The ultimate measure of a website's success is its conversion rate -- the percentage of visits that resulted in a sale or an inquiry. It is supposed to measure the degree to which the site converts visitors into customers. As such, it is deemed to provide the ultimate assessment of whether a site is successful or not. In a single number, it captures the appeal of the design, the ease (or otherwise) of navigation, the effectiveness of the sales pitch, and all the other factors that affect a visitor's willingness to buy from you.
Except that it doesn't.
The conversion rate tells us absolutely nothing about the site. It's a completely useless metric.
As a professional web analyst, my job is to analyze a site's web metrics and determine from those numbers where, and what, improvements are needed in order to increase the rate at which visitors convert into customers. Doing this over and over again has taught me that the conversion rate is of no help at all.
Let's go back to basics and work this through. I think if you follow along with my reasoning, you'll see there's no point calculating the conversion rate. Luckily, I have an alternative I think you'll prefer.
The problem with conversion rates
Firstly, the conversion rate is supposed to measure the success of the site as a sales pitch -- an attempt to turn a browsing visitor into a customer. The problem with the conversion rate is that it calculates the percentage of all visits that resulted in a sale. This means it includes people who bounced. By definition, a bounced visit is one that looked at only a single page then left. In other words, they never entered the site, they never engaged with the material within it. Thus, bounced visitors were never exposed to the site's sales pitch.
There are two steps in converting a visitor into a customer. When someone lands on your site the first thing you need to do is convince them to stay. Only after that can you try to sell them something. It's like the shop window: You've got to get people into the store before you can try to sell to them.
The overall average bounce rate is around one-third. It's extremely difficult to get a bounce rate below 30 percent simply because search engines are far from perfect and can list the wrong sites. In addition, people frequently scan a number of sites before deciding which one to return to and engage with. It's also possible to be legitimately listed in the search engines for content you don't have.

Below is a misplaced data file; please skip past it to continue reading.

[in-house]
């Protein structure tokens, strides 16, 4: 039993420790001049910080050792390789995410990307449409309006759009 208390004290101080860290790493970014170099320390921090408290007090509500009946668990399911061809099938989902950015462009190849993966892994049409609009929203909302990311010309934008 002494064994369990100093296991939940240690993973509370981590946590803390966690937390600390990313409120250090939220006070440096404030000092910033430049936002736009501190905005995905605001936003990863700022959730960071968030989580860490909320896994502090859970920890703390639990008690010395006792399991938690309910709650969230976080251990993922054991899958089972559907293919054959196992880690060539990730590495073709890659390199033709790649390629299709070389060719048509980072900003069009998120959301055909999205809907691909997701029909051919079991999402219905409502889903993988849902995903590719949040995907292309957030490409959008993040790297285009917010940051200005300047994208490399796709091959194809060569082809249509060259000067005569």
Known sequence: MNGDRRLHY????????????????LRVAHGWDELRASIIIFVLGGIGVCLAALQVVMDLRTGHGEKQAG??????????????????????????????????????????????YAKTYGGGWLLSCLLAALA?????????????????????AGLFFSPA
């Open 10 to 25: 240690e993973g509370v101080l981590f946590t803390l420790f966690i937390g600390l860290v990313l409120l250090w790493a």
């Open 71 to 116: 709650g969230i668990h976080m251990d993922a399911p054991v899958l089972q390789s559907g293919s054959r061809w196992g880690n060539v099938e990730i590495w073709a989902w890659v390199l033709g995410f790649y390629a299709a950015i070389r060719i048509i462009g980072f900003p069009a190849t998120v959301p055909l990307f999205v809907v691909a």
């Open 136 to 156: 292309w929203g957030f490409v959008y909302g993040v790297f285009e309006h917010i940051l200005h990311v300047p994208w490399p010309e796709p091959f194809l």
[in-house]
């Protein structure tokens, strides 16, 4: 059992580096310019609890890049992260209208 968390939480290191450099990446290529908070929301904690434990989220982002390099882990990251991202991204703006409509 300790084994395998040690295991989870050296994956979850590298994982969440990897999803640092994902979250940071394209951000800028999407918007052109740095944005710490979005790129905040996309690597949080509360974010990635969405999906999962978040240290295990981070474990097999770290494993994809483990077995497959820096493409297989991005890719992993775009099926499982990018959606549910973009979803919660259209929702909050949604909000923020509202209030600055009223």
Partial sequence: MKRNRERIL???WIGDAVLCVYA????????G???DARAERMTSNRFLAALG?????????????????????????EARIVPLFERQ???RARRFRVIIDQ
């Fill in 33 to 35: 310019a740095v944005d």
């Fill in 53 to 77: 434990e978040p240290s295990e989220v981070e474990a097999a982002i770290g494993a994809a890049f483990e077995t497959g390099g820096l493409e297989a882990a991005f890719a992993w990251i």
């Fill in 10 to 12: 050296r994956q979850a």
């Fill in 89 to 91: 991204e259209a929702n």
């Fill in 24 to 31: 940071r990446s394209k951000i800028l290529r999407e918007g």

For example, I have a client who owns a chain of restaurants. Like most restaurant sites, it includes the menus available. Due to some extremely high-quality search engine optimization, the site accidently became No. 1 in Google for a series of menu-related phrases, such as "set menu," "Christmas menu," and "menu ideas." The result was thousands of people arriving who were looking for menus they could cook at home, not a restaurant. Needless to say, the bounce rate for these people was extremely high -- around 80 percent -- and none of those who remained converted into restaurant bookings. This dragged the overall bounce rate for the site as a whole up to around 50 percent, which proves how important it is not to look at the bounce rate for the site as a single figure, but look at the bounce rate for each audience segment individually.
It is especially important to look at the bounce rate for different referring keywords because this tells you how the site appeals to different audiences. In this case, we found the bounce rate for people who were actually looking for a restaurant was down around 25 percent, so the site was doing a pretty good job of holding onto new arrivals. However, the key point for our purposes is that all this inappropriate traffic, with an extremely high bounce rate, pushed the conversion rate down to less than 1 percent. This makes it look like the site is a disaster.
When I see a conversion rate calculated from the total number of visits, including bounces, I don't know how much it's been affected by that bounce rate. In other words, I don't really know if I need to improve my landing pages and engage more arrivals, or if it's my actual content that needs more work.
A more effective alternative
The solution I have come up with is to work with what I call the retained visits conversion rate (RVCR). This is the percentage of people who did not bounce and then converted. Retained visits is not a metric in the standards, and you won't find it in something like Google Analytics. It's my own term for the number of visits that did not bounce. You get this from Google Analytics by subtracting bounces from visits, or you can get it at the dashboard with this formula: